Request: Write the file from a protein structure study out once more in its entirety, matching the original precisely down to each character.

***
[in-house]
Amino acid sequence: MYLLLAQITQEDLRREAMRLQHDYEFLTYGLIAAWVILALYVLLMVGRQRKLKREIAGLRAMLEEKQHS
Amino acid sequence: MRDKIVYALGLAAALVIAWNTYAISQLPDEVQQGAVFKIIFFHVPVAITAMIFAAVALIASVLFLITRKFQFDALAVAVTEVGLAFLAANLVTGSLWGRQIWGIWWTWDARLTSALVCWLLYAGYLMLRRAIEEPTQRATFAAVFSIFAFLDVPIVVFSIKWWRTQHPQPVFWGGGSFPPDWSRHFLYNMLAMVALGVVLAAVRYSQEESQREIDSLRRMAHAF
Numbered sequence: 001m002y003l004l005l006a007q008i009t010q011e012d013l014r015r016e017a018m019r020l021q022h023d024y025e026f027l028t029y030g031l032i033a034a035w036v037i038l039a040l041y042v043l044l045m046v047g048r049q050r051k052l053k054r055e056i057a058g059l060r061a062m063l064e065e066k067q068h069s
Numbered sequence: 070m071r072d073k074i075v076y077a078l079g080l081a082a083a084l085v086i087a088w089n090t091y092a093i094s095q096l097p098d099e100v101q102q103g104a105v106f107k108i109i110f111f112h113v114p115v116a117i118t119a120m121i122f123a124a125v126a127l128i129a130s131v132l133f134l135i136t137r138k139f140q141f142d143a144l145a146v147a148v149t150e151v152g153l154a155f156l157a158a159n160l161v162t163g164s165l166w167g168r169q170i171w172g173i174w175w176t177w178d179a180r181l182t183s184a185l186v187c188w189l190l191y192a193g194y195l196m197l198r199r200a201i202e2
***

[in-house]
Amino acid sequence: MYLLLAQITQEDLRREAMRLQHDYEFLTYGLIAAWVILALYVLLMVGRQRKLKREIAGLRAMLEEKQHS
Amino acid sequence: MRDKIVYALGLAAALVIAWNTYAISQLPDEVQQGAVFKIIFFHVPVAITAMIFAAVALIASVLFLITRKFQFDALAVAVTEVGLAFLAANLVTGSLWGRQIWGIWWTWDARLTSALVCWLLYAGYLMLRRAIEEPTQRATFAAVFSIFAFLDVPIVVFSIKWWRTQHPQPVFWGGGSFPPDWSRHFLYNMLAMVALGVVLAAVRYSQEESQREIDSLRRMAHAF
Numbered sequence: 001m002y003l004l005l006a007q008i009t010q011e012d013l014r015r016e017a018m019r020l021q022h023d024y025e026f027l028t029y030g031l032i033a034a035w036v037i038l039a040l041y042v043l044l045m046v047g048r049q050r051k052l053k054r055e056i057a058g059l060r061a062m063l064e065e066k067q068h069s
Numbered sequence: 070m071r072d073k074i075v076y077a078l079g080l081a082a083a084l085v086i087a088w089n090t091y092a093i094s095q096l097p098d099e100v101q102q103g104a105v106f107k108i109i110f111f112h113v114p115v116a117i118t119a120m121i122f123a124a125v126a127l128i129a130s131v132l133f134l135i136t137r138k139f140q141f142d143a144l145a146v147a148v149t150e151v152g153l154a155f156l157a158a159n160l161v162t163g164s165l166w167g168r169q170i171w172g173i174w175w176t177w178d179a180r181l182t183s184a185l186v187c188w189l190l191y192a193g194y195l196m197l198r199r200a201i202e2